Chapter 3An Overview of Options Strategies

Most of the hedges described in this book are options structures. They rely upon buying and selling combinations of calls and puts with different strikes and maturity dates. We are mainly concerned with uncovering strategies that provide protection at low cost. In this chapter, we provide a non-technical overview of options, in preparation for the hedges we will dissect in Chapters 4 and 5. We make no effort to derive Black–Scholes or any other pricing formula. Rather, we will use the Black–Scholes formula as a way to adjust for different strikes and times to maturity. Value will be expressed in the currency of implied volatility. Normalising across strikes and maturity dates can help us decide which options are rich and which are cheap. We start with a bare-bones description of puts and calls, then transition into more complicated structures, such as spreads, butterflies and ratios. Our ultimate goal is to identify horses for courses, i.e. hedging structures that are well suited to a particular market environment. It will take some time before we can delve into regime-specific analysis. This chapter serves as necessary background material. Note that we will primarily focus on exchange-traded futures and options, as they are easier to analyse and trade at an accurate and timely price.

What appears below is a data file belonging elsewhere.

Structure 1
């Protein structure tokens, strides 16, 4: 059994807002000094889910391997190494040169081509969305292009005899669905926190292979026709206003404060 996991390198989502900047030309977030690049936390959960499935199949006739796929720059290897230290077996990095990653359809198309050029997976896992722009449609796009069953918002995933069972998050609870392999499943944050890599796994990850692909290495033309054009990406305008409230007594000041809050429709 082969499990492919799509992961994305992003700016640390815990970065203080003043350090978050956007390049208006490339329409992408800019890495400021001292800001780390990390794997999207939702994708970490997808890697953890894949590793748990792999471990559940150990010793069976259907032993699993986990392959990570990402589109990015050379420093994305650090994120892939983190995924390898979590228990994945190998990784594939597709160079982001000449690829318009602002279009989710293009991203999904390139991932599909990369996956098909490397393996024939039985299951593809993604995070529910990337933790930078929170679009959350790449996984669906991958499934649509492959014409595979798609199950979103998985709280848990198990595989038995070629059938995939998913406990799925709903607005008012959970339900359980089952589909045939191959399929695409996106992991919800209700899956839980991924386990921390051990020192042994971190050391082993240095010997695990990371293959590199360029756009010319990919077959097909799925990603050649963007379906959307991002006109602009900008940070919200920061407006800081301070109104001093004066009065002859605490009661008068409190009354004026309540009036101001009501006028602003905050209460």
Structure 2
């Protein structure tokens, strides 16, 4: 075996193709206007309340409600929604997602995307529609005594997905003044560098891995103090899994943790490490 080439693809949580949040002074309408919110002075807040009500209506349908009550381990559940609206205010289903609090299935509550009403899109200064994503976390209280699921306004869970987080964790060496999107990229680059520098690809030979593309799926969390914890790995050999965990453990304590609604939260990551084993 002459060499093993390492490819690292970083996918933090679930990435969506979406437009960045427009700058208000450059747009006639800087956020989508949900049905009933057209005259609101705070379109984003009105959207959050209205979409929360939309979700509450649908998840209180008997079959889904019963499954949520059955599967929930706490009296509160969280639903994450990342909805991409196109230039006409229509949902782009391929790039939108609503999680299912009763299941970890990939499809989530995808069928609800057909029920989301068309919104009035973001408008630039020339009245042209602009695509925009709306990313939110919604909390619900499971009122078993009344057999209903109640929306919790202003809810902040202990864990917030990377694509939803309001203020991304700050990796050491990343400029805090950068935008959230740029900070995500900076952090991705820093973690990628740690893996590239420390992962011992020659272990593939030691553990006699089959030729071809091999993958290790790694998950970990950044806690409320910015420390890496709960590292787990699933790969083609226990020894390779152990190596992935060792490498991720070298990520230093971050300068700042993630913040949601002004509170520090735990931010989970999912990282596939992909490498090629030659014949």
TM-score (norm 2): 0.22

Options contracts have a long and varied history, possibly extending back to ancient Greece and carrying on through to England in the 1600s and the US ...

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